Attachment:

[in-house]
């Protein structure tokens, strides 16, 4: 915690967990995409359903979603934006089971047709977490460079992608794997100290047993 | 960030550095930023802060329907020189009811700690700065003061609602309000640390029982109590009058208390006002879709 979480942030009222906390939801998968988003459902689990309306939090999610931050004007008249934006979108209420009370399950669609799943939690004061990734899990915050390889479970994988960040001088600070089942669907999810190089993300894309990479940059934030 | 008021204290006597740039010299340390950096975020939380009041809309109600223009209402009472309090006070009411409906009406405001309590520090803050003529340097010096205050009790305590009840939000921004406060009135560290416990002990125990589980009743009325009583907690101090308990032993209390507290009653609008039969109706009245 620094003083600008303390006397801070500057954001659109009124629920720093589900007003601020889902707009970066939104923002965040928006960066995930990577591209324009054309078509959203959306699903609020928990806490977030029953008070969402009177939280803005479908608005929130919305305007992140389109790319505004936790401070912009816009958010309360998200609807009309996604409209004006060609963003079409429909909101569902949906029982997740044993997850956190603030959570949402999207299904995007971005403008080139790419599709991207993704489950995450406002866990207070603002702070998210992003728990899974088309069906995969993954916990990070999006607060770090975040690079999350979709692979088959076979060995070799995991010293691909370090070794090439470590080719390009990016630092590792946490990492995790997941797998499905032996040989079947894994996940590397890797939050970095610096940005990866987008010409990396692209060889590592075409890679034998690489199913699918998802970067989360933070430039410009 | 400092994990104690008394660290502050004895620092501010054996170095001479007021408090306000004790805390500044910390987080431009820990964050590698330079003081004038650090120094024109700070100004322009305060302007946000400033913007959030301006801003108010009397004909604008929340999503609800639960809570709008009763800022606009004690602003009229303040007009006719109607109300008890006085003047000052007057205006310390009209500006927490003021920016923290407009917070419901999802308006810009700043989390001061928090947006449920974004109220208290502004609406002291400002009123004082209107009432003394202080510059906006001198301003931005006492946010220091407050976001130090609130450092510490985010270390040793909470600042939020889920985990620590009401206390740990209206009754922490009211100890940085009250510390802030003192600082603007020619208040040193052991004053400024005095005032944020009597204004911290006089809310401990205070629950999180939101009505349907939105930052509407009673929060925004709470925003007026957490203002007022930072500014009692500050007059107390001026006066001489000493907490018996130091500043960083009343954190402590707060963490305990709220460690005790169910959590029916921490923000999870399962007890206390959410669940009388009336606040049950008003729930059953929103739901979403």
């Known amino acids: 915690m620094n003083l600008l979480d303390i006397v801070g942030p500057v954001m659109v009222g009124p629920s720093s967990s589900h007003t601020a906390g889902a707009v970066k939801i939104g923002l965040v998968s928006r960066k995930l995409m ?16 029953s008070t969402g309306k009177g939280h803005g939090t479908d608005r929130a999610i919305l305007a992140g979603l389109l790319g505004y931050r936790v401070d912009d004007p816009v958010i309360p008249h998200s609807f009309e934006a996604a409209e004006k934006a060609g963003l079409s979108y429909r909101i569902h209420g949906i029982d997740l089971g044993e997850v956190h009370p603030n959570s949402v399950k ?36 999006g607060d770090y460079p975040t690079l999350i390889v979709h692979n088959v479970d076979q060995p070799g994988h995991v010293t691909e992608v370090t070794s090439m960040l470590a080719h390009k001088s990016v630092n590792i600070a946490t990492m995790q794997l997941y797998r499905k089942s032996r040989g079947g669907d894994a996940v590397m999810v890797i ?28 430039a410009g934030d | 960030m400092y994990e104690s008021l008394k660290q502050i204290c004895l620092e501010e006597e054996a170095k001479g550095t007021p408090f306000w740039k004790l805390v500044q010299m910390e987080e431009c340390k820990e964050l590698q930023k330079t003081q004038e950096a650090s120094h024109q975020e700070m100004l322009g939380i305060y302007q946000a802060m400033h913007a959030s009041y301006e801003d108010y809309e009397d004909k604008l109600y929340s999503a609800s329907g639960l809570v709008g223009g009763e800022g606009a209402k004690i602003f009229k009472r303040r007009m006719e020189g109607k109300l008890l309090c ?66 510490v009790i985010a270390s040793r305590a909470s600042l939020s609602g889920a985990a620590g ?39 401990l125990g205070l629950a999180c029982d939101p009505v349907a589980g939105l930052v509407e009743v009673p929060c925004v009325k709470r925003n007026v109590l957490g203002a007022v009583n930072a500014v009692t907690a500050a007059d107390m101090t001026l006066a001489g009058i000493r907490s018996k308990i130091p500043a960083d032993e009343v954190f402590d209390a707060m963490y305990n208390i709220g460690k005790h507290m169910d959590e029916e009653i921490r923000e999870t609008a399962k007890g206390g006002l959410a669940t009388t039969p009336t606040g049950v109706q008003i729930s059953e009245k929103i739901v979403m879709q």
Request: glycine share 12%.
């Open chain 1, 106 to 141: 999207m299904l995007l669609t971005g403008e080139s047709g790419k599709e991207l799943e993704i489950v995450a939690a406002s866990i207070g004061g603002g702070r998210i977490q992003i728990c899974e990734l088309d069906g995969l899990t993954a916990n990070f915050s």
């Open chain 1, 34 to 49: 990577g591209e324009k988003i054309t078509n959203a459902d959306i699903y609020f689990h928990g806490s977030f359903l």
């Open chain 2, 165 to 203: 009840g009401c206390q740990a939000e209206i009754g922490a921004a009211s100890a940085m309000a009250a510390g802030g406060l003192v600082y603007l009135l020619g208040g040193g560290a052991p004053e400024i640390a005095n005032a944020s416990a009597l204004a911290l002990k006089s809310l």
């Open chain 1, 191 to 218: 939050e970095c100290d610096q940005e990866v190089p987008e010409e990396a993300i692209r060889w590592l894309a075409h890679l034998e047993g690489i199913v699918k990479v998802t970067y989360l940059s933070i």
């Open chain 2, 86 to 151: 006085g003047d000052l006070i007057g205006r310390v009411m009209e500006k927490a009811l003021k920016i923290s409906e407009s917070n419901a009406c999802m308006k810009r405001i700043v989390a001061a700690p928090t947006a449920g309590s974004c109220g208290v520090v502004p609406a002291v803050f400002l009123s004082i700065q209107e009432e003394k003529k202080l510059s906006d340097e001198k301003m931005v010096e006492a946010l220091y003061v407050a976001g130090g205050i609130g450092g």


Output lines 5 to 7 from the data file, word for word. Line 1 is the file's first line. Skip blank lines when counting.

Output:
């Open chain 1, 106 to 141: 999207m299904l995007l669609t971005g403008e080139s047709g790419k599709e991207l799943e993704i489950v995450a939690a406002s866990i207070g004061g603002g702070r998210i977490q992003i728990c899974e990734l088309d069906g995969l899990t993954a916990n990070f915050s």
């Open chain 1, 34 to 49: 990577g591209e324009k988003i054309t078509n959203a459902d959306i699903y609020f689990h928990g806490s977030f359903l």
């Open chain 2, 165 to 203: 009840g009401c206390q740990a939000e209206i009754g922490a921004a009211s100890a940085m309000a009250a510390g802030g406060l003192v600082y603007l009135l020619g208040g040193g560290a052991p004053e400024i640390a005095n005032a944020s416990a009597l204004a911290l002990k006089s809310l």